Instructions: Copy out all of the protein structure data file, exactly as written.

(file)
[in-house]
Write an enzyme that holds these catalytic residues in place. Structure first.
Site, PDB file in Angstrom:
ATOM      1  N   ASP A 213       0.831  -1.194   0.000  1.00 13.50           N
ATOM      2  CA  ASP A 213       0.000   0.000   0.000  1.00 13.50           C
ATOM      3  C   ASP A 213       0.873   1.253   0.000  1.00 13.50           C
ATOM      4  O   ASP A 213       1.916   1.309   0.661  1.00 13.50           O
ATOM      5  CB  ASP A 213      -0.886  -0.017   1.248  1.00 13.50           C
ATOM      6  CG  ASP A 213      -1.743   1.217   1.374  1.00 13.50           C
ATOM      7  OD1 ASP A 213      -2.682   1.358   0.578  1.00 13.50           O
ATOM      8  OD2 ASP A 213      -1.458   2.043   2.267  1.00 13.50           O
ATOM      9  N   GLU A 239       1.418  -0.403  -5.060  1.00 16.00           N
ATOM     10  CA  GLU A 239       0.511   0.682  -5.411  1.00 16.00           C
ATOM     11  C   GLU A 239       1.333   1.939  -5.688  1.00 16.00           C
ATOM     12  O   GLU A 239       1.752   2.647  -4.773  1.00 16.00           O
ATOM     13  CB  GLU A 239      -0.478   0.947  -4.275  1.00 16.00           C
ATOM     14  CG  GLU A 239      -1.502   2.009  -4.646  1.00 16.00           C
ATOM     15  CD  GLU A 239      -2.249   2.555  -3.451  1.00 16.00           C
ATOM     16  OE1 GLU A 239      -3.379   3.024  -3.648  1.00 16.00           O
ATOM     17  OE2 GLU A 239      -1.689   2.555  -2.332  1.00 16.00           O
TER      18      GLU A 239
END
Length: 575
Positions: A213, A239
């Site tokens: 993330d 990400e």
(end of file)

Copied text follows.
[in-house]
Write an enzyme that holds these catalytic residues in place. Structure first.
Site, PDB file in Angstrom:
ATOM      1  N   ASP A 213       0.831  -1.194   0.000  1.00 13.50           N
ATOM      2  CA  ASP A 213       0.000   0.000   0.000  1.00 13.50           C
ATOM      3  C   ASP A 213       0.873   1.253   0.000  1.00 13.50           C
ATOM      4  O   ASP A 213       1.916   1.309   0.661  1.00 13.50           O
ATOM      5  CB  ASP A 213      -0.886  -0.017   1.248  1.00 13.50           C
ATOM      6  CG  ASP A 213      -1.743   1.217   1.374  1.00 13.50           C
ATOM      7  OD1 ASP A 213      -2.682   1.358   0.578  1.00 13.50           O
ATOM      8  OD2 ASP A 213      -1.458   2.043   2.267  1.00 13.50           O
ATOM      9  N   GLU A 239       1.418  -0.403  -5.060  1.00 16.00           N
ATOM     10  CA  GLU A 239       0.511   0.682  -5.411  1.00 16.00           C
ATOM     11  C   GLU A 239       1.333   1.939  -5.688  1.00 16.00           C
ATOM     12  O   GLU A 239       1.752   2.647  -4.773  1.00 16.00           O
ATOM     13  CB  GLU A 239      -0.478   0.947  -4.275  1.00 16.00           C
ATOM     14  CG  GLU A 239      -1.502   2.009  -4.646  1.00 16.00           C
ATOM     15  CD  GLU A 239      -2.249   2.555  -3.451  1.00 16.00           C
ATOM     16  OE1 GLU A 239      -3.379   3.024  -3.648  1.00 16.00           O
ATOM     17  OE2 GLU A 239      -1.689   2.555  -2.332  1.00 16.00           O
TER      18      GLU A 239
END
Length: 575
Positions: A213, A239
């Site tokens: 993330d 990400e």